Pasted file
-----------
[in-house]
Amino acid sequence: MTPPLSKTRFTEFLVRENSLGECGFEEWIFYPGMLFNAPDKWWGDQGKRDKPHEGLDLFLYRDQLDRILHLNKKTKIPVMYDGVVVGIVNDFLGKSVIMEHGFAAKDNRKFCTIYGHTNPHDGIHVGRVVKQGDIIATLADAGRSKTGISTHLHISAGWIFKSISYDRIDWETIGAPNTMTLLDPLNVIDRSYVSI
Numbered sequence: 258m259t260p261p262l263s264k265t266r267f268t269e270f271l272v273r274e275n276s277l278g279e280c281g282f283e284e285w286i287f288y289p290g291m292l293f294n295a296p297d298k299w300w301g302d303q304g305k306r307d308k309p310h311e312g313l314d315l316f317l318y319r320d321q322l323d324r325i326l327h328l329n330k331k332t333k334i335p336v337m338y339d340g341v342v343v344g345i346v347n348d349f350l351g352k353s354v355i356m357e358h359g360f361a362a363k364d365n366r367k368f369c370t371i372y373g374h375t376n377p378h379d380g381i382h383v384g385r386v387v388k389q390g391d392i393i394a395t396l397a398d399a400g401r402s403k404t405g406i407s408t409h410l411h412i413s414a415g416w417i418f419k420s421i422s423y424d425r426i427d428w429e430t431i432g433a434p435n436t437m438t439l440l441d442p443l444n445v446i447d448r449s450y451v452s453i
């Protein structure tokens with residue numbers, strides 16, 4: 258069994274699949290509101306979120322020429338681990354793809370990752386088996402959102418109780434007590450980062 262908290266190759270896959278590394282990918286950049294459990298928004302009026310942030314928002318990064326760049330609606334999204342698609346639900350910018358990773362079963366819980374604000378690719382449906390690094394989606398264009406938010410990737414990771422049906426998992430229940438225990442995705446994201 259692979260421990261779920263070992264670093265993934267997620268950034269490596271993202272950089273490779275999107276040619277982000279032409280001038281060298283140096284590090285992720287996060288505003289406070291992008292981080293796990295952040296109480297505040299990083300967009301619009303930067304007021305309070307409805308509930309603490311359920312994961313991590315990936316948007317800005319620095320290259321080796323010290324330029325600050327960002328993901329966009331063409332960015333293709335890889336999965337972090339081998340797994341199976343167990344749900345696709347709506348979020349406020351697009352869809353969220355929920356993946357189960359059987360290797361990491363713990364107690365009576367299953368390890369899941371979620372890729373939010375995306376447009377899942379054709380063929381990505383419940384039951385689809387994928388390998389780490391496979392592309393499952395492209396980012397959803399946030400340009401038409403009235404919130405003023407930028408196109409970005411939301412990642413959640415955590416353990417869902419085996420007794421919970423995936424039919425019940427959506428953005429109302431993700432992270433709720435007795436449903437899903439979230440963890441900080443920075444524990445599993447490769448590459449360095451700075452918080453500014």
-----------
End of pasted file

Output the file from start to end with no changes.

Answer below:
[in-house]
Amino acid sequence: MTPPLSKTRFTEFLVRENSLGECGFEEWIFYPGMLFNAPDKWWGDQGKRDKPHEGLDLFLYRDQLDRILHLNKKTKIPVMYDGVVVGIVNDFLGKSVIMEHGFAAKDNRKFCTIYGHTNPHDGIHVGRVVKQGDIIATLADAGRSKTGISTHLHISAGWIFKSISYDRIDWETIGAPNTMTLLDPLNVIDRSYVSI
Numbered sequence: 258m259t260p261p262l263s264k265t266r267f268t269e270f271l272v273r274e275n276s277l278g279e280c281g282f283e284e285w286i287f288y289p290g291m292l293f294n295a296p297d298k299w300w301g302d303q304g305k306r307d308k309p310h311e312g313l314d315l316f317l318y319r320d321q322l323d324r325i326l327h328l329n330k331k332t333k334i335p336v337m338y339d340g341v342v343v344g345i346v347n348d349f350l351g352k353s354v355i356m357e358h359g360f361a362a363k364d365n366r367k368f369c370t371i372y373g374h375t376n377p378h379d380g381i382h383v384g385r386v387v388k389q390g391d392i393i394a395t396l397a398d399a400g401r402s403k404t405g406i407s408t409h410l411h412i413s414a415g416w417i418f419k420s421i422s423y424d425r426i427d428w429e430t431i432g433a434p435n436t437m438t439l440l441d442p443l444n445v446i447d448r449s450y451v452s453i
């Protein structure tokens with residue numbers, strides 16, 4: 258069994274699949290509101306979120322020429338681990354793809370990752386088996402959102418109780434007590450980062 262908290266190759270896959278590394282990918286950049294459990298928004302009026310942030314928002318990064326760049330609606334999204342698609346639900350910018358990773362079963366819980374604000378690719382449906390690094394989606398264009406938010410990737414990771422049906426998992430229940438225990442995705446994201 259692979260421990261779920263070992264670093265993934267997620268950034269490596271993202272950089273490779275999107276040619277982000279032409280001038281060298283140096284590090285992720287996060288505003289406070291992008292981080293796990295952040296109480297505040299990083300967009301619009303930067304007021305309070307409805308509930309603490311359920312994961313991590315990936316948007317800005319620095320290259321080796323010290324330029325600050327960002328993901329966009331063409332960015333293709335890889336999965337972090339081998340797994341199976343167990344749900345696709347709506348979020349406020351697009352869809353969220355929920356993946357189960359059987360290797361990491363713990364107690365009576367299953368390890369899941371979620372890729373939010375995306376447009377899942379054709380063929381990505383419940384039951385689809387994928388390998389780490391496979392592309393499952395492209396980012397959803399946030400340009401038409403009235404919130405003023407930028408196109409970005411939301412990642413959640415955590416353990417869902419085996420007794421919970423995936424039919425019940427959506428953005429109302431993700432992270433709720435007795436449903437899903439979230440963890441900080443920075444524990445599993447490769448590459449360095451700075452918080453500014």